Two cases form the basis for my investigation into the political-spiritual-natural worlds that are:
1. A mud volcano in East Java. Nicknamed Lusi, the mud volcano erupted in 2006 flooding nine villages and forcing some 75,000 people from their homes. The disaster has caused an estimated 2.2 billions dollars. Some say the eruption was a natural event, provoked by one of the many earth quake that regularly shake the Rim of Fire of which Indonesia forms part. Others believe the eruption was a blowout provoked by faulty drilling practices of the oil company that explored for petroleum nearby. Somewhere between a natural and an anthropogenic event, Lusi exemplifies the dilemmas that haunt the Anthropocene. It challenges easy distinctions between natural and man-made as well as an all-too facile opposition between politics and spirits. The oil company that many hold accountable for the mud volcano is Lapindo Brantas, a company that is controlled by one of the candidates in Indonesia’s upcoming Presidential election and which for nearly a decades as evaded legal liability Deprived of compensation, many locals feel the volcano, like volcanoes throughout Indonesia, somehow speaks back to politics and corruption. Fieldwork in this world of volcanoes, gas, spirits, and politics began in 2012 and will continue for the duration of the project.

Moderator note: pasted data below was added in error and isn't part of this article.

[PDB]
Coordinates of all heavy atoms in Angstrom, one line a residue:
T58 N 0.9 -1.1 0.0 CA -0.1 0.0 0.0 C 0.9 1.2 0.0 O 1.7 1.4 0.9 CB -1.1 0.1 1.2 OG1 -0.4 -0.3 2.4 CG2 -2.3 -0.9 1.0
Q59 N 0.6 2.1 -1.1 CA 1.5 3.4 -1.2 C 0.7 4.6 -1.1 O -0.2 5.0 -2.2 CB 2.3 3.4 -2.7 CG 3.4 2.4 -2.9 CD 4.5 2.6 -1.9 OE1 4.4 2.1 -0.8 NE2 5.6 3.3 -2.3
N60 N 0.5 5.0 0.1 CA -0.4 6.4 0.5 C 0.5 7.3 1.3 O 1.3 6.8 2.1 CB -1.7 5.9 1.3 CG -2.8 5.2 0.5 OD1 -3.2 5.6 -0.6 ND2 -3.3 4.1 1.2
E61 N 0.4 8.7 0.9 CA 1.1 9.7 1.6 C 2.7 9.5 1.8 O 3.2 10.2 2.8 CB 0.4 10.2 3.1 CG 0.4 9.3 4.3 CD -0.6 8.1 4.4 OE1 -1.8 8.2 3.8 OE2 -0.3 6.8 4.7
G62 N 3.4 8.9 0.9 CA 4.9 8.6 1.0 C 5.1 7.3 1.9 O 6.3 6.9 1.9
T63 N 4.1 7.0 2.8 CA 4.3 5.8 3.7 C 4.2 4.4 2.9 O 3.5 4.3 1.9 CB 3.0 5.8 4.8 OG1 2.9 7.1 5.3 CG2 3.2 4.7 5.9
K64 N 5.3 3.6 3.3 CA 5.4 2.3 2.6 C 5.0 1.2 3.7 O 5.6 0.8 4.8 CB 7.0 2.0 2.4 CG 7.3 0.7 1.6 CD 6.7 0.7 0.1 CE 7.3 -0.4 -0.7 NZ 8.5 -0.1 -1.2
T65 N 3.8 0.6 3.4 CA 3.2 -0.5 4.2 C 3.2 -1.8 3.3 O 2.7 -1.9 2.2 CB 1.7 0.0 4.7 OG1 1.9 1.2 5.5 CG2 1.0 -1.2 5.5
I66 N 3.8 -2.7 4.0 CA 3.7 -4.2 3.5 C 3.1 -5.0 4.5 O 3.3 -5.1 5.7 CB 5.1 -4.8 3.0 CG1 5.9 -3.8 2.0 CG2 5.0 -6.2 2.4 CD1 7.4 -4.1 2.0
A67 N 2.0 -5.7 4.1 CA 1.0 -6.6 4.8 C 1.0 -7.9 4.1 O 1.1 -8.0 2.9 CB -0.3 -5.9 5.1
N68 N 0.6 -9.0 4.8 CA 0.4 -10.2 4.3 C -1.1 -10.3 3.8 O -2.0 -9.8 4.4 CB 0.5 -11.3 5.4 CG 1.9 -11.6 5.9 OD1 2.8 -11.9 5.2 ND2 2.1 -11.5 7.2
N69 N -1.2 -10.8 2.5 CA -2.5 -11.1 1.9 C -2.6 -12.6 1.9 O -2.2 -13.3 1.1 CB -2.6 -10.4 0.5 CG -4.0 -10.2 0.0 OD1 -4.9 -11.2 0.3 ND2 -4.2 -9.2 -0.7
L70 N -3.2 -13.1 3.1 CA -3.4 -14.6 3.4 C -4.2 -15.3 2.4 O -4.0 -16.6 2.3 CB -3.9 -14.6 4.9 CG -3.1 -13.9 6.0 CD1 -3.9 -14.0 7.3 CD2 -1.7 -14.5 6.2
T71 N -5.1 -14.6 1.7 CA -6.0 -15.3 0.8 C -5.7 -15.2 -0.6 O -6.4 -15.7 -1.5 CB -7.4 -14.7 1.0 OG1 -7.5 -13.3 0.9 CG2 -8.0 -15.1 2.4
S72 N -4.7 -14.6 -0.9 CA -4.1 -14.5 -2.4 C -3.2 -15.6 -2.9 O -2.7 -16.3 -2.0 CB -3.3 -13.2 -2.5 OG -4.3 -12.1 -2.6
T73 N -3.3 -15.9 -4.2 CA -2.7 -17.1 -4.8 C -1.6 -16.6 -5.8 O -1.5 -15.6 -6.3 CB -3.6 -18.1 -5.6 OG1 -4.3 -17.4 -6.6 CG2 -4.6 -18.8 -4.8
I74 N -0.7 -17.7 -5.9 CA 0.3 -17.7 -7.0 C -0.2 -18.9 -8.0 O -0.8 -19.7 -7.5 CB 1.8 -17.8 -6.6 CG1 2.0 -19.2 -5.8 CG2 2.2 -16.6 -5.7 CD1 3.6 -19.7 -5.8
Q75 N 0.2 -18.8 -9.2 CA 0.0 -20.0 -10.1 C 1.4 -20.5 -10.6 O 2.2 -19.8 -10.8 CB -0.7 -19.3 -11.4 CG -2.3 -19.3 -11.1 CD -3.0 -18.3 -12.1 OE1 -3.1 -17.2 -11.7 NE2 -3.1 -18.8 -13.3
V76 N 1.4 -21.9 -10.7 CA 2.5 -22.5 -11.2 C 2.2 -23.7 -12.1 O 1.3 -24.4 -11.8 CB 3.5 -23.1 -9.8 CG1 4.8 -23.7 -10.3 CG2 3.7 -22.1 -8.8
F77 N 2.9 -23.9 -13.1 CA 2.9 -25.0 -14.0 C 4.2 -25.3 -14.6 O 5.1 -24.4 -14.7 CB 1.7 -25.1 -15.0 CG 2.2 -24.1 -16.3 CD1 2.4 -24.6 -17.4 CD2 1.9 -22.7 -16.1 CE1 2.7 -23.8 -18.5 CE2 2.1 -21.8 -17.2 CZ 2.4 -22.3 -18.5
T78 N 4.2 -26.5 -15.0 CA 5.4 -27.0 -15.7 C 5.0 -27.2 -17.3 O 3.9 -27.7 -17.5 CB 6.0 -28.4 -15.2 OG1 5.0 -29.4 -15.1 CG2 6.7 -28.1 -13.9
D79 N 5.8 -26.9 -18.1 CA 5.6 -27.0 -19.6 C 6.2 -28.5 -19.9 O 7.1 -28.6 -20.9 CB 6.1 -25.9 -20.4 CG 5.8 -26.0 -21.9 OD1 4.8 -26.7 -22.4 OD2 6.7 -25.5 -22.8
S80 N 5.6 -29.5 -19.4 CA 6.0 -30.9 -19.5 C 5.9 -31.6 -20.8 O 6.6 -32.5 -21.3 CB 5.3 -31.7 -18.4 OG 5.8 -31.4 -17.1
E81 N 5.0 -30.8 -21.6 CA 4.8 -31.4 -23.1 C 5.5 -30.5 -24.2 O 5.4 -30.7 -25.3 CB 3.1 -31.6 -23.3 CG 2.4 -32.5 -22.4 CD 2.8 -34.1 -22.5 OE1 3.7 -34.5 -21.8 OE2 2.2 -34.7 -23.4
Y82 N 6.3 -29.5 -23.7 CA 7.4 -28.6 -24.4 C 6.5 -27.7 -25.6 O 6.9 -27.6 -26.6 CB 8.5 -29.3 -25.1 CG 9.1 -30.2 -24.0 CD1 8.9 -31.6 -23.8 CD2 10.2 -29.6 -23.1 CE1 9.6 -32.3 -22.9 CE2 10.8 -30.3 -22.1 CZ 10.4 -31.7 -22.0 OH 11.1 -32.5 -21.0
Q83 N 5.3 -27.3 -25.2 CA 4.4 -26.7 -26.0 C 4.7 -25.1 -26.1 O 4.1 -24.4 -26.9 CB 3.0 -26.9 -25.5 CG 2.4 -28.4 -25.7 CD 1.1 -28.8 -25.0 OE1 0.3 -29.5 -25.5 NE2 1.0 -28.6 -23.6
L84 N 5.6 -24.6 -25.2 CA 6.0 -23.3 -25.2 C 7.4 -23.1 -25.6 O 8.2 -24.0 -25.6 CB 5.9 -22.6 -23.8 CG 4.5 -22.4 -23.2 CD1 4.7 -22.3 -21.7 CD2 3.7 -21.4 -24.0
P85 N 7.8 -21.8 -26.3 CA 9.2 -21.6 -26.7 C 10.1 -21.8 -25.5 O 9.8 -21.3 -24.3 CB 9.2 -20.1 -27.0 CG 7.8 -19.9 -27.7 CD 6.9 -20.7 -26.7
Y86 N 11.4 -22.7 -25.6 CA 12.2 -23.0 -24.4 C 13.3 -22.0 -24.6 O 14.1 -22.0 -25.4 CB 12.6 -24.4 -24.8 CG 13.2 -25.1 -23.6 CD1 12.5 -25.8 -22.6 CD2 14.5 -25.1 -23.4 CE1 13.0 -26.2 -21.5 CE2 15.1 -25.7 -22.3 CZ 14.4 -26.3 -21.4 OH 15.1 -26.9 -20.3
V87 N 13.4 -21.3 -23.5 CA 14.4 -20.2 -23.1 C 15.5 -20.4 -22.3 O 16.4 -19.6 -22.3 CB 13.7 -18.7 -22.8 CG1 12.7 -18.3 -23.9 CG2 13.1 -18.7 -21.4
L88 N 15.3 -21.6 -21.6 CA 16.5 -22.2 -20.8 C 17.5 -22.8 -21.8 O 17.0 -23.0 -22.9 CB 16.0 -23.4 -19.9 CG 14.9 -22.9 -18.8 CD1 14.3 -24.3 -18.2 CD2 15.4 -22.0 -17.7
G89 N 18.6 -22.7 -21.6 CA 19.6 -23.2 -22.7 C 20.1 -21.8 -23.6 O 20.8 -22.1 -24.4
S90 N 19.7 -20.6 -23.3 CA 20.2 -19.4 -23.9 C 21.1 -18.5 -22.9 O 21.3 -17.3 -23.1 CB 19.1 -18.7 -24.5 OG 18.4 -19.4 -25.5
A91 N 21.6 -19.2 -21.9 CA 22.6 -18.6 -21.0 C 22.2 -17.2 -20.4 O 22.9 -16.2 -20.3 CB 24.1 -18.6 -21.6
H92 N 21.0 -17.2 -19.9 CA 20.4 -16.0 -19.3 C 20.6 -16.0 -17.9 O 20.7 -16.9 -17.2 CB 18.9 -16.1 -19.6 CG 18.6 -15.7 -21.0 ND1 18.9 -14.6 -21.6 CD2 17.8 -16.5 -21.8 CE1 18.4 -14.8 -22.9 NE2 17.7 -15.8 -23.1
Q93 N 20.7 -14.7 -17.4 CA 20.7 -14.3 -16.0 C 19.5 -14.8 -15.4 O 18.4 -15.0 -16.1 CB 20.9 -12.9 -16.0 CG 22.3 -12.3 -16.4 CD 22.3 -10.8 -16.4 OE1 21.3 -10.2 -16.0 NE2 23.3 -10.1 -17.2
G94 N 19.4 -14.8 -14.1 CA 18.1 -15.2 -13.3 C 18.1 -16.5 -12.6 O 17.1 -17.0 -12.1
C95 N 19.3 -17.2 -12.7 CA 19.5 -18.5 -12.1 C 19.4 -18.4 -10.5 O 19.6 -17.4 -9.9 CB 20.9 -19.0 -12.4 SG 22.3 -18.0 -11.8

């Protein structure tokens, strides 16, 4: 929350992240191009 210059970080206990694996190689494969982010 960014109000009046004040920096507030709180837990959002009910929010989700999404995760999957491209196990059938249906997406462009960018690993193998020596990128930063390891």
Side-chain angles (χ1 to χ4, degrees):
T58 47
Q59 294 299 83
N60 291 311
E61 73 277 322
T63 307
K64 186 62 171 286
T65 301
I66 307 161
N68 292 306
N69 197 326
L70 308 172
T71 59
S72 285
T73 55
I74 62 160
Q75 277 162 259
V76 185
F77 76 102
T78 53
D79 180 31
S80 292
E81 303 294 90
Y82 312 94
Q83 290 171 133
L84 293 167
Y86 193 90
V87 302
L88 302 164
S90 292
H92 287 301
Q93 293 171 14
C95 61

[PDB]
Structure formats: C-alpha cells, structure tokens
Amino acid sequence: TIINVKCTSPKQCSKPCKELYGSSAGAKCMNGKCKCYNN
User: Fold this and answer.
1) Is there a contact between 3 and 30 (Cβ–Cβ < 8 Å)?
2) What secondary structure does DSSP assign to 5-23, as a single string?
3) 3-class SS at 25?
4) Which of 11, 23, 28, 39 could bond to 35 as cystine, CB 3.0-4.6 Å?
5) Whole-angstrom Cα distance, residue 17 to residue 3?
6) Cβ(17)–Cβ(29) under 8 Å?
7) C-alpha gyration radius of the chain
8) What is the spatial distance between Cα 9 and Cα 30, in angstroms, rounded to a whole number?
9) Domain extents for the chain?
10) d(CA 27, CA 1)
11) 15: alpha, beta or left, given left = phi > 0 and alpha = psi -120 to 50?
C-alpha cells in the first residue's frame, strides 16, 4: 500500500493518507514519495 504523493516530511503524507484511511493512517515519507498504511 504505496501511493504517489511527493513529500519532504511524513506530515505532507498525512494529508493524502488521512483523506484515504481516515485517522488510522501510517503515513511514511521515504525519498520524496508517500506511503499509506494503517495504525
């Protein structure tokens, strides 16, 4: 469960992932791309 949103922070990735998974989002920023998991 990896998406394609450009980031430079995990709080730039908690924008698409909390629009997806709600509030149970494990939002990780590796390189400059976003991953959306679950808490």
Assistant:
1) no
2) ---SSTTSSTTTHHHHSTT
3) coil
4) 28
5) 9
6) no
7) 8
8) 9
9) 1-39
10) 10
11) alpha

2. Raja Ampat is an archipelago off the coast of Papua. A new regency near the oil town of Sorong, Raja Ampat sits in the middle of a coral sea with a marine diversity that may be the highest in the world. A series of marine protected areas were set up in 2006 by the Indonesian government to protect this ‘Last Paradise on Earth’ and keep the seascape attractive for dive-tourists. Local people, meanwhile experiment with their own partly overlapping forms of nature protection while they wait for the end of the world. The project traces the millenarianisms of conservation, tourism and local belief in this politically unstable and biologically rich part of Indonesia Fieldwork into the world of coral reefs, dive tourism, nature protection, political tension, and bio-social millenarianisms began in 2014.
Bubandt, N. (2014). Democracy, Corruption and the Politics of Spirits in Contemporary Indonesia. London, Routledge.